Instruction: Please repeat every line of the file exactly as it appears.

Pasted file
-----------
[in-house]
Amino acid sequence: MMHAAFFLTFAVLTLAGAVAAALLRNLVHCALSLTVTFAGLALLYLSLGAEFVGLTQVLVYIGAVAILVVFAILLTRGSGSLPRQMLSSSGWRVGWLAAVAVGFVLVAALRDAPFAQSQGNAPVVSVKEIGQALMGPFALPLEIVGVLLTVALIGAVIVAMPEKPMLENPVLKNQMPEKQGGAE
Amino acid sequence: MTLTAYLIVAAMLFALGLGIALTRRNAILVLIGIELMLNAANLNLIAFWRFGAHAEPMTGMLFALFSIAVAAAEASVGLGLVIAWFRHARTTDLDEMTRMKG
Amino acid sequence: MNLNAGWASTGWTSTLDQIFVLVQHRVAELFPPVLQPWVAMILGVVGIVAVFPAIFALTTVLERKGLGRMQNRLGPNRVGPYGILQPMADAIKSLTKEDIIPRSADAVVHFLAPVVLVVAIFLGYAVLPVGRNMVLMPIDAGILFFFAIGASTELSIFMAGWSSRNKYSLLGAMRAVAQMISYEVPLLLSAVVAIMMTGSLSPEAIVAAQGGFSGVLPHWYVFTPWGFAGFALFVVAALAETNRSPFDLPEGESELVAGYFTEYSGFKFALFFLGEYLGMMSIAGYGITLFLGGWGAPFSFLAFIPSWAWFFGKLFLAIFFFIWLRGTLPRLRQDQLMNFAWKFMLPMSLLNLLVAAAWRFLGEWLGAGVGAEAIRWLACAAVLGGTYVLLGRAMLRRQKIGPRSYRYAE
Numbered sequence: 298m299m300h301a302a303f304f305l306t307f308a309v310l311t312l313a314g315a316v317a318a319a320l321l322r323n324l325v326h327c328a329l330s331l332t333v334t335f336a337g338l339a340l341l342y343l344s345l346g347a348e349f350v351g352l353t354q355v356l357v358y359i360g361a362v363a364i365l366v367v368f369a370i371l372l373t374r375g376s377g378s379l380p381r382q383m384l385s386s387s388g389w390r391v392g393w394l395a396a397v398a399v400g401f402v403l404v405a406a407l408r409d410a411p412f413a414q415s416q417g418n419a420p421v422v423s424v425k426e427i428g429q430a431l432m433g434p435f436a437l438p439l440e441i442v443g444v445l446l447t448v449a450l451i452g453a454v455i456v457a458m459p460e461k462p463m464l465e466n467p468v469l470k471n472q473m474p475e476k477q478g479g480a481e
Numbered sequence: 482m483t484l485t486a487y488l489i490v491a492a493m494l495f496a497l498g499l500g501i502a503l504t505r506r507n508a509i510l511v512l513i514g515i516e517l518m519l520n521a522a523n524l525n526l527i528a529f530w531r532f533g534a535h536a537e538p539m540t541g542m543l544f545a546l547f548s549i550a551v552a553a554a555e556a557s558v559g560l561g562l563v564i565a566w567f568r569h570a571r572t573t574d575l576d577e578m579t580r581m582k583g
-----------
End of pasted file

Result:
[in-house]
Amino acid sequence: MMHAAFFLTFAVLTLAGAVAAALLRNLVHCALSLTVTFAGLALLYLSLGAEFVGLTQVLVYIGAVAILVVFAILLTRGSGSLPRQMLSSSGWRVGWLAAVAVGFVLVAALRDAPFAQSQGNAPVVSVKEIGQALMGPFALPLEIVGVLLTVALIGAVIVAMPEKPMLENPVLKNQMPEKQGGAE
Amino acid sequence: MTLTAYLIVAAMLFALGLGIALTRRNAILVLIGIELMLNAANLNLIAFWRFGAHAEPMTGMLFALFSIAVAAAEASVGLGLVIAWFRHARTTDLDEMTRMKG
Amino acid sequence: MNLNAGWASTGWTSTLDQIFVLVQHRVAELFPPVLQPWVAMILGVVGIVAVFPAIFALTTVLERKGLGRMQNRLGPNRVGPYGILQPMADAIKSLTKEDIIPRSADAVVHFLAPVVLVVAIFLGYAVLPVGRNMVLMPIDAGILFFFAIGASTELSIFMAGWSSRNKYSLLGAMRAVAQMISYEVPLLLSAVVAIMMTGSLSPEAIVAAQGGFSGVLPHWYVFTPWGFAGFALFVVAALAETNRSPFDLPEGESELVAGYFTEYSGFKFALFFLGEYLGMMSIAGYGITLFLGGWGAPFSFLAFIPSWAWFFGKLFLAIFFFIWLRGTLPRLRQDQLMNFAWKFMLPMSLLNLLVAAAWRFLGEWLGAGVGAEAIRWLACAAVLGGTYVLLGRAMLRRQKIGPRSYRYAE
Numbered sequence: 298m299m300h301a302a303f304f305l306t307f308a309v310l311t312l313a314g315a316v317a318a319a320l321l322r323n324l325v326h327c328a329l330s331l332t333v334t335f336a337g338l339a340l341l342y343l344s345l346g347a348e349f350v351g352l353t354q355v356l357v358y359i360g361a362v363a364i365l366v367v368f369a370i371l372l373t374r375g376s377g378s379l380p381r382q383m384l385s386s387s388g389w390r391v392g393w394l395a396a397v398a399v400g401f402v403l404v405a406a407l408r409d410a411p412f413a414q415s416q417g418n419a420p421v422v423s424v425k426e427i428g429q430a431l432m433g434p435f436a437l438p439l440e441i442v443g444v445l446l447t448v449a450l451i452g453a454v455i456v457a458m459p460e461k462p463m464l465e466n467p468v469l470k471n472q473m474p475e476k477q478g479g480a481e
Numbered sequence: 482m483t484l485t486a487y488l489i490v491a492a493m494l495f496a497l498g499l500g501i502a503l504t505r506r507n508a509i510l511v512l513i514g515i516e517l518m519l520n521a522a523n524l525n526l527i528a529f530w531r532f533g534a535h536a537e538p539m540t541g542m543l544f545a546l547f548s549i550a551v552a553a554a555e556a557s558v559g560l561g562l563v564i565a566w567f568r569h570a571r572t573t574d575l576d577e578m579t580r581m582k583g